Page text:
Imagine diagnosing cancer through a selfie rather than a CT scan.
Today, Jack Roswell said that most growers diagnose crop health with a simple snap. In 2018, he co-founded Cloud Agronomics to offer a stalk of corn the same diagnostic rigor that doctors give a human patient. On Tuesday, Roswell’s agtech startup announced growth plans of its own.
The Boulder company raised $6 million in seed funding, which it plans to spend on expanding its “agricultural intelligence engine” for remotely diagnosing past, present and future crop and soil health. By combining hyperspectral imaging, machine learning and Internet of Things monitoring, Cloud Agronomics aims to dig deep to offer planetary insight that goes beyond the surface.
“Agriculture is one of the largest, most fundamental industries on Earth and yet it’s truly the last to be disrupted by AI and cloud computing,” Roswell, the company’s chief operating officer, told Built In.
Today, most assessments of soil health still take place through visual inspection, Roswell said. Farmers look over satellite images of a land parcel, or they rely on scientists to physically come out to their farm, gather a soil sample and test its composition in a lab.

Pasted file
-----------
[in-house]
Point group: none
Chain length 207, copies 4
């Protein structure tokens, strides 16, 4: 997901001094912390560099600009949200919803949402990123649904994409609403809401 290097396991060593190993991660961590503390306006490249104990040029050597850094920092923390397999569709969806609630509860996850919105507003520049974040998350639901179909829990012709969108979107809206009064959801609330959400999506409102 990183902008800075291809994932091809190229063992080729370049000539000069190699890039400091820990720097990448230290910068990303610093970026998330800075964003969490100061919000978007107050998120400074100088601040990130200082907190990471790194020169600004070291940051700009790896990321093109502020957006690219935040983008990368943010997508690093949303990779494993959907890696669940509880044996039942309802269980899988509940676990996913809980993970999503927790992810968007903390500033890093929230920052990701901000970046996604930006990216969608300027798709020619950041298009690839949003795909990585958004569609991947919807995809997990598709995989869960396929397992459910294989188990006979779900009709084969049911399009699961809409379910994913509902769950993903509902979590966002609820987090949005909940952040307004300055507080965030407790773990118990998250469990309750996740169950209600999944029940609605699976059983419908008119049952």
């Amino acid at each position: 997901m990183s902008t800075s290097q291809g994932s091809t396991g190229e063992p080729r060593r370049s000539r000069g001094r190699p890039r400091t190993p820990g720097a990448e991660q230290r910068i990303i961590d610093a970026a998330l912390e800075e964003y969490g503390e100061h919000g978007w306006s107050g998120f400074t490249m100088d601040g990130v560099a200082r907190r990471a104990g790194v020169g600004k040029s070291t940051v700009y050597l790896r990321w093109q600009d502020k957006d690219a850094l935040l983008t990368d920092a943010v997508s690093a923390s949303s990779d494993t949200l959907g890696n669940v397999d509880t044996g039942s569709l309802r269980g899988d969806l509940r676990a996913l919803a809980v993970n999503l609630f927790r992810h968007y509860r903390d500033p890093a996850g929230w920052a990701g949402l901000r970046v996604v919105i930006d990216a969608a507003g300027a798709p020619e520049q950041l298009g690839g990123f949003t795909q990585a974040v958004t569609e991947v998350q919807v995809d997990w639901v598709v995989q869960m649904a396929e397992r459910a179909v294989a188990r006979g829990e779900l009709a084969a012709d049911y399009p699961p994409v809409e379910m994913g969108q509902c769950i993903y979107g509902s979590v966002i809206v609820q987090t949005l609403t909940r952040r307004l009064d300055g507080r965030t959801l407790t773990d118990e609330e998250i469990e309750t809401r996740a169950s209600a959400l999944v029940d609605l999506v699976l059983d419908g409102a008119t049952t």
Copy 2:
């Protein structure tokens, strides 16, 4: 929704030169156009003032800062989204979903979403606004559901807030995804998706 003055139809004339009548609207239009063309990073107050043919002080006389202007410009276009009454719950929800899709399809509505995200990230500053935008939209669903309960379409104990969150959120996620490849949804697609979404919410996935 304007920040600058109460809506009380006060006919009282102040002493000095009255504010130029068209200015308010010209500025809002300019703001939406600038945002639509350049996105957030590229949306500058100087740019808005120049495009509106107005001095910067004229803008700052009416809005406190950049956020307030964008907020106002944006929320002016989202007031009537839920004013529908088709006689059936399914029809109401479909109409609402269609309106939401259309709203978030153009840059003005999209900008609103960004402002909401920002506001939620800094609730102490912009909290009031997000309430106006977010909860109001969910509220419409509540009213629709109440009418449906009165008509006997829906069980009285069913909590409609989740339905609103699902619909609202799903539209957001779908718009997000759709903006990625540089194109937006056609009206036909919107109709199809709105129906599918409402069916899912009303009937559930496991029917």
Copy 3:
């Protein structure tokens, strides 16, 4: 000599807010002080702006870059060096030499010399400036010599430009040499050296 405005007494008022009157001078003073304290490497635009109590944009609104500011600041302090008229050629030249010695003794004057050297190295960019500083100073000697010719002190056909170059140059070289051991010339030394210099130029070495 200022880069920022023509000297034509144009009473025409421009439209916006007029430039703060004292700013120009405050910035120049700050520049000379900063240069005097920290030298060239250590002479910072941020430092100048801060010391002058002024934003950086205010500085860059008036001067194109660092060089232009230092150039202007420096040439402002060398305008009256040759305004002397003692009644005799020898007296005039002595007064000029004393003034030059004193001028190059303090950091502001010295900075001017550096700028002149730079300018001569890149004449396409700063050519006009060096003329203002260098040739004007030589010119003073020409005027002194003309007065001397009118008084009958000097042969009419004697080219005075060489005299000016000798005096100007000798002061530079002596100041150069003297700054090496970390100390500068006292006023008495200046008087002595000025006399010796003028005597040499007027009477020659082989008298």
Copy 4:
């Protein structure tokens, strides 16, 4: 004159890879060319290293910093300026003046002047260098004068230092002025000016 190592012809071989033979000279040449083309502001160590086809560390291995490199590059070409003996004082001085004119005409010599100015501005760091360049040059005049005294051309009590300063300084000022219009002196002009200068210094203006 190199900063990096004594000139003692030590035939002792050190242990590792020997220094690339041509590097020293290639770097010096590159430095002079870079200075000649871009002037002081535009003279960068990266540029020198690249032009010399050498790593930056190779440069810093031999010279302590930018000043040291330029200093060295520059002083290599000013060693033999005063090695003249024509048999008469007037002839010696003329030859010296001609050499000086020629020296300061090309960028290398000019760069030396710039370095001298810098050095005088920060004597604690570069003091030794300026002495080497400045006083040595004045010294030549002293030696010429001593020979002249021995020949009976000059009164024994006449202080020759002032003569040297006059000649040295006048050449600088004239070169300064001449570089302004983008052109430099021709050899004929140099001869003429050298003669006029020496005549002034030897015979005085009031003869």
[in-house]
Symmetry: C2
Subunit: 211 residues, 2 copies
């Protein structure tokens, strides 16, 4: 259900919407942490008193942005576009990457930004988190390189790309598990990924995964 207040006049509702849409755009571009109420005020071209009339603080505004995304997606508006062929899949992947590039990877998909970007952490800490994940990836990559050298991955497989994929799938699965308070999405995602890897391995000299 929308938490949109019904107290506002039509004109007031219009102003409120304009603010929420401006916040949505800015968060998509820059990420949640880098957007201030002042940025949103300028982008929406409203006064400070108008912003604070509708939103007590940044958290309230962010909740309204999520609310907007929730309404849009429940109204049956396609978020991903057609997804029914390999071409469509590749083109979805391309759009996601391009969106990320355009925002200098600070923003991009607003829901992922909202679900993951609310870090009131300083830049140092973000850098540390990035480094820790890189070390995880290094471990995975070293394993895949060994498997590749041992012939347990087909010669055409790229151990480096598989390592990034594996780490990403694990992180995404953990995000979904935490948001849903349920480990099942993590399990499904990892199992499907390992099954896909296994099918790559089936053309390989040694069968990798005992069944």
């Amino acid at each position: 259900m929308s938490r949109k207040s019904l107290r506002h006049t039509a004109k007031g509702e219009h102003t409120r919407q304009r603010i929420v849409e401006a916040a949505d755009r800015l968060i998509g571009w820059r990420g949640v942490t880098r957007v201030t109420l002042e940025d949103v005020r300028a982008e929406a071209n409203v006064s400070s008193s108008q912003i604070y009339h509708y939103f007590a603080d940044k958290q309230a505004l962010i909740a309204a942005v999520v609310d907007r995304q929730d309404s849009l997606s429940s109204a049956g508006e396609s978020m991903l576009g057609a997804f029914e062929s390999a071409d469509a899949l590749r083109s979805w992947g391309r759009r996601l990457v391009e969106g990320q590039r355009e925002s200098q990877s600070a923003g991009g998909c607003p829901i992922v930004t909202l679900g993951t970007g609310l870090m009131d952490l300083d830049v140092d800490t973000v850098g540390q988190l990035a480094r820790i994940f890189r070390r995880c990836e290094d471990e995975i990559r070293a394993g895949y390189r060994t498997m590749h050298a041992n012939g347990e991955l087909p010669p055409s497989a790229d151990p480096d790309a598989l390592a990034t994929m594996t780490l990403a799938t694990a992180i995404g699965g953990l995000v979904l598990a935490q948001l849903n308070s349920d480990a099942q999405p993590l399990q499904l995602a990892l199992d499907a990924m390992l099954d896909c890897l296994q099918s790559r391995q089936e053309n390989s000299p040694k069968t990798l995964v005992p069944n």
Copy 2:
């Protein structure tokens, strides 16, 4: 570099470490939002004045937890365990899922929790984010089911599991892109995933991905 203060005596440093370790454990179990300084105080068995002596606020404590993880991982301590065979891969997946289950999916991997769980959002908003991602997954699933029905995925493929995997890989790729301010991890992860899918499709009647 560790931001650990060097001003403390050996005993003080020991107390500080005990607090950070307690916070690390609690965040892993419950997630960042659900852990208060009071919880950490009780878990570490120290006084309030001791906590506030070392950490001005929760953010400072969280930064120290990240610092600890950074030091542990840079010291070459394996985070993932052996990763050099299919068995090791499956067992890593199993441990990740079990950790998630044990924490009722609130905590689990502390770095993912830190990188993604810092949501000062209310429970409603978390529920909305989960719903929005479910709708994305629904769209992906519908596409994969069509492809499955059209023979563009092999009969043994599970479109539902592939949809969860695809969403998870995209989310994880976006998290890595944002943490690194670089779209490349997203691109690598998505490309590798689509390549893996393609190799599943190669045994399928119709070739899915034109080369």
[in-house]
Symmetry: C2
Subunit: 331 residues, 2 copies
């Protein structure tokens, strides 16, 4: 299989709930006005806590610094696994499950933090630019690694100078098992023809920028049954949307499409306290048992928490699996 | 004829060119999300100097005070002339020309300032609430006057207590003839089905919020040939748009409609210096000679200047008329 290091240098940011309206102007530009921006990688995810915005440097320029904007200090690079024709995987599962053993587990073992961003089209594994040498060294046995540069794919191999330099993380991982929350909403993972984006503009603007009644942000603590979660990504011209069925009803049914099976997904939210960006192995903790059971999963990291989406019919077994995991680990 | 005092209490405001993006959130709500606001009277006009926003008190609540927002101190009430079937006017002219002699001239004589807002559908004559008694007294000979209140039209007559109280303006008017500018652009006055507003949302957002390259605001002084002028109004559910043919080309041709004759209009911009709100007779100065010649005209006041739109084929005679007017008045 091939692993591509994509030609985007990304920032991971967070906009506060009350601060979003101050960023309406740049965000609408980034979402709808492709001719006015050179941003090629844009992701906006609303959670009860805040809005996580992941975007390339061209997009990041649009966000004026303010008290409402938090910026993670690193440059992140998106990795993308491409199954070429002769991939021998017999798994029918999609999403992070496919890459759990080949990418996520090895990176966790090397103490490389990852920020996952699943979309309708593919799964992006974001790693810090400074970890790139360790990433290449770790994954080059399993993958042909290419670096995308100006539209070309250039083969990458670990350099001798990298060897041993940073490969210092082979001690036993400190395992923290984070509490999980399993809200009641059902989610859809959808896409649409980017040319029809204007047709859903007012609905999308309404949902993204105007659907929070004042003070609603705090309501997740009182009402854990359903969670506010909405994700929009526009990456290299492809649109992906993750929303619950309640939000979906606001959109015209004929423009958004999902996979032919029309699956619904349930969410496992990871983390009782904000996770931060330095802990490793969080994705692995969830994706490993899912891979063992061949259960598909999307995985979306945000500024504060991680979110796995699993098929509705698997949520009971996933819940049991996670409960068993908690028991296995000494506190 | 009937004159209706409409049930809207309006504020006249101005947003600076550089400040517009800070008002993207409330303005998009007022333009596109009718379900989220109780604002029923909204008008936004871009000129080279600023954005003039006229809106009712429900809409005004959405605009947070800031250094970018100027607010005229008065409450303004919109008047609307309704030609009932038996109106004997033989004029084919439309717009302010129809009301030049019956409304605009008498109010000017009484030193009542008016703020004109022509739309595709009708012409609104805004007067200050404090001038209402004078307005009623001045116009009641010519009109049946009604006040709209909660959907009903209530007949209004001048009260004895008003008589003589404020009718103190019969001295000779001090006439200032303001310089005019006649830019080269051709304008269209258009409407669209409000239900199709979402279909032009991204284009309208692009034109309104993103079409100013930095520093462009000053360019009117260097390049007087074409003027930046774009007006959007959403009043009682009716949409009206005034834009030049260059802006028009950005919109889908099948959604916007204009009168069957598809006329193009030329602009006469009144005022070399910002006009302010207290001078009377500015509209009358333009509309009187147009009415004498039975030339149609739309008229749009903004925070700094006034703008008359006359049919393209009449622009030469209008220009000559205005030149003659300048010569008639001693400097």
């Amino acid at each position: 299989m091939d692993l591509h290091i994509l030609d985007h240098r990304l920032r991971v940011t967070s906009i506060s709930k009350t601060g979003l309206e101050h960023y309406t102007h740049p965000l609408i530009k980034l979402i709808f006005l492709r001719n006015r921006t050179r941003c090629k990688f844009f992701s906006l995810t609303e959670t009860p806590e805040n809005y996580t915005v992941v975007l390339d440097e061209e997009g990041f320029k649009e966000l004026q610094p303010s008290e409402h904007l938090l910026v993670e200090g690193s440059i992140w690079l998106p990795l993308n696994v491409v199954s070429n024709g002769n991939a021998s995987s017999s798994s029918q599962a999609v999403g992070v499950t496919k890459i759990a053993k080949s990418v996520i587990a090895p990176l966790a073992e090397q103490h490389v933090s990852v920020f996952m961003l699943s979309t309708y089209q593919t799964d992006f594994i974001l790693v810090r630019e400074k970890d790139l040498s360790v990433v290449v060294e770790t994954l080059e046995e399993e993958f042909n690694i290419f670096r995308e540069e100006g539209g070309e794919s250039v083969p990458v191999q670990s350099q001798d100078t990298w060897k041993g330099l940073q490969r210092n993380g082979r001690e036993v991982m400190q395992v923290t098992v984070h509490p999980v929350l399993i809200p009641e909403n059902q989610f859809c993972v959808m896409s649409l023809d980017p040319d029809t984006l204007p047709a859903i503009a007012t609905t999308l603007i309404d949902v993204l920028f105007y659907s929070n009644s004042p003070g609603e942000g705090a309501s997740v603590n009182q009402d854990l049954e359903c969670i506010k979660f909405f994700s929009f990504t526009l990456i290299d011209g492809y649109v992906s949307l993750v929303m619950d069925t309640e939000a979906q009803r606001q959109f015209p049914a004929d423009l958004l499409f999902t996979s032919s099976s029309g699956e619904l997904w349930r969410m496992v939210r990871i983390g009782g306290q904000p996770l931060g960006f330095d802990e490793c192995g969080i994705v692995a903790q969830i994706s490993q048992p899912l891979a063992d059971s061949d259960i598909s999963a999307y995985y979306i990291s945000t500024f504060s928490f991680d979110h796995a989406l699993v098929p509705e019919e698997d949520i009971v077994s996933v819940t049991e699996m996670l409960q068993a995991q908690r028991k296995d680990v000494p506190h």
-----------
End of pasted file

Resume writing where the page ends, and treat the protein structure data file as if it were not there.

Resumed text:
Over the past two years, Cloud Agronomics has been using an optical imaging system developed by NASA to scan the Midwest and compile the world’s largest geospatially tagged database of land. At the same time, the company has created a machine-learning system to read the database and adjust for varying “soil types and crop types and environmental conditions,” Roswell said. This allows insurers, commodities traders and tech companies to use hyperspectral imaging to remotely monitor crop and soil conditions.
Eventually, Roswell also hopes that the company’s system for remotely reading the planet can fight climate change.
Roswell said Cloud Agronomics offers a way to scale and standardize the carbon credit market, a program that incentivizes regenerative farming processes. Through the system, farmers who introduce carbon back into the soil — by refusing to till the land, rotating crops, allowing livestock grazing and more — can apply for financial credits based on how well they rehabilitate the soil. Fortune 500 companies can then purchase these credits on stock exchanges. Roswell called the lack of a standard system to remotely measure a soil’s carbon content at scale the “missing link” in the market.
“The limiting factor to carbon markets for farmland is the reliance on soil samples. You can’t sample tens of millions of acres,” Roswell said. “As countries like Australia or the United States promulgate standards, we want this tech to be known.”
The company currently has “a handful” of customers, including Microsoft for Earth AI, Roswell said, and aims to spend the funds to reach new clients in the U.S., Australia and Brazil.
The 18-person startup is currently hiring for three positions in product, data engineering and software engineering. SineWave Ventures led the round.